First published March 2013. Updated August 2017.
This Singapore Mee Siam Kuah recipe is for all my expatriate Singaporean and Malaysian readers who keep reminding me to post more recipes from home. It is a hawker centre dish of lightly fried noodles in a gravy that’s a touch sour and a touch sweet, with a whole host of toppings. When, like me, you don’t have a coffee shop or hawker centre near you, selling all forms of comfort food from the old home, you just have to make it yourself! And so I make these noodles a handful of times a year, as my whole family loves Singaporean and Malaysian food.
Mee Siam Kuah brings back many fond memories of going to the market on Saturday and Sunday mornings with my grandmother. Wet markets were a way of life in Singapore when I was younger, much as they are, in many parts of Asia. You could get everything there: from fresh vegetables to fresh fruits, from fresh flowers, to fresh meat and seafood, fresh noodles, fresh tofu; goodness me, everything you needed you would find at the old wet markets. Even fish for our fish tank! And live wriggly worms to feed them! Gosh, I’d quite forgotten that!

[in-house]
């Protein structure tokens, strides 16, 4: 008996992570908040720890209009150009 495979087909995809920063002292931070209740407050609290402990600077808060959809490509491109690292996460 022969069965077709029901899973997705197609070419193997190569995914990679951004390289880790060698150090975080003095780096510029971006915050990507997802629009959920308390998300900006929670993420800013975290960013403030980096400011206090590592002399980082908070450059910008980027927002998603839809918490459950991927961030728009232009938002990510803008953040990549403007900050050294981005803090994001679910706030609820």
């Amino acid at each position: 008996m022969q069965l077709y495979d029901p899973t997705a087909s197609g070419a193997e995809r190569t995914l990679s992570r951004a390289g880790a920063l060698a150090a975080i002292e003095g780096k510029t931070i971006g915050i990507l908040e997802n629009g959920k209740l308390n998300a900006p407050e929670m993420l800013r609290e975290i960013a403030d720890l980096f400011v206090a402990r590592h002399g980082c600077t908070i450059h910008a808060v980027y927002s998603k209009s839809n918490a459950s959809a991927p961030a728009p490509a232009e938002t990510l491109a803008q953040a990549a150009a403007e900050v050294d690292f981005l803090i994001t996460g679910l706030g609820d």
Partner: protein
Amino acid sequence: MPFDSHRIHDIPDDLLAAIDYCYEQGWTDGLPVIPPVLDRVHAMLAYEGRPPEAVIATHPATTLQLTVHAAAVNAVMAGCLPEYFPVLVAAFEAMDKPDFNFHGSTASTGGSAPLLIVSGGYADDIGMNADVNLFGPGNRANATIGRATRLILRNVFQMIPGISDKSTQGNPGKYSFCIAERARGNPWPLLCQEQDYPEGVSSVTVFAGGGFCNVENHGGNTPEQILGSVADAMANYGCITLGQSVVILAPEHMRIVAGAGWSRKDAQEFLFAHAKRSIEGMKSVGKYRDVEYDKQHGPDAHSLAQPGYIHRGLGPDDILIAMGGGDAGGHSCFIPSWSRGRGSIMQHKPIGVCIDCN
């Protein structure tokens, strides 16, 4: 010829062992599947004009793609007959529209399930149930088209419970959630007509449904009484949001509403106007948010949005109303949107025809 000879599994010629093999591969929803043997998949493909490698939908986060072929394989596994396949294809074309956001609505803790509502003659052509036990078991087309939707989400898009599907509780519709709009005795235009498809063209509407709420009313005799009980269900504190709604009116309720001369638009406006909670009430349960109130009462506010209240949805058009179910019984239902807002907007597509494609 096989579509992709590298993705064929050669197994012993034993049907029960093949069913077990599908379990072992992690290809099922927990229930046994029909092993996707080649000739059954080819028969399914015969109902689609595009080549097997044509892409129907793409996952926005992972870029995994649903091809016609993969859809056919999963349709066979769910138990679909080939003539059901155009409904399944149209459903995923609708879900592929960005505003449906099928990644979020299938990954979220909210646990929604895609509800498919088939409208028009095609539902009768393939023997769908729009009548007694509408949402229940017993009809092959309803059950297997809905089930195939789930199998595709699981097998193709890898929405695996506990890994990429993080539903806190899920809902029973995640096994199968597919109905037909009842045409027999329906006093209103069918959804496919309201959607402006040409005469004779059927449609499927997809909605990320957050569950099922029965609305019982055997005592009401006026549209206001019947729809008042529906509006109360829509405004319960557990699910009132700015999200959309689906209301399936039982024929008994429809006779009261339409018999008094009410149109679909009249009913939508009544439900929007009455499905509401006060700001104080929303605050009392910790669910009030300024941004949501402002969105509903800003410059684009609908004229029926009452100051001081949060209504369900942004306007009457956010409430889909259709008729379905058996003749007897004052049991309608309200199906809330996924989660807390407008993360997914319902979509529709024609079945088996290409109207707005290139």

Our local wet market, which was a two storey complex and a 5-minute walk away, had the fresh ingredients mentioned above, on the first floor. On the ground floor, was where all the hawker stalls were situated, selling all sorts of cooked dishes that make Singapore food what it is – Malay, Chinese, Indian, Nyonya and Eurasian.
For breakfast, this is where I used to go to for my fix of Mee Siam, Nasi Lemak (image above), Dosa, Putu Mayam (idiyappam), Tahu Panas (Chinese fresh hot bean curd in sugar syrup), oh, the list was endless! The ground floor was also where we would go to get freshly ground chilli pastes and curry pastes from the ancient looking Indian lady.
Pronounced Mee Si-Yum, in the Malay language, which means Thai noodles. Siam, as many of you will know, is Thailand’s old Western name (it was changed to Thailand in 1939). The origin of Mee Siam Kuah is a bone of contention for many; is it Thai, is it Malay, or is it Nyonya? Go to the Singapore and Malaysian recipes page to read more about the Nyonyas. I’ve always viewed it as a Malay dish, as all the stalls selling them when I was growing up in Singapore were run by the Malays.
You know what though, this grey line is very characteristic of a lot of food in Singapore and Malaysia – so many dishes are claimed by some or all the ethnic communities, which, in my opinion, is but one of the many endearing traits of a multi faceted cuisine!
There are essentially 2 types of Mee Siam. One is a dry, spiced fried noodle dish which is also commonly known as fried bee hoon; this is the version found all over Malaysia too.
The other, served with a sour and ever so slightly sweet gravy, is the version found in Singapore. My sisters, who have been living in Malaysia since the 80s, tell me that Malaysians often call the gravy version Mee Siam Singapore. And that is the recipe I’m doing here – Singapore Mee Siam Kuah. The word kuah means gravy in Malay.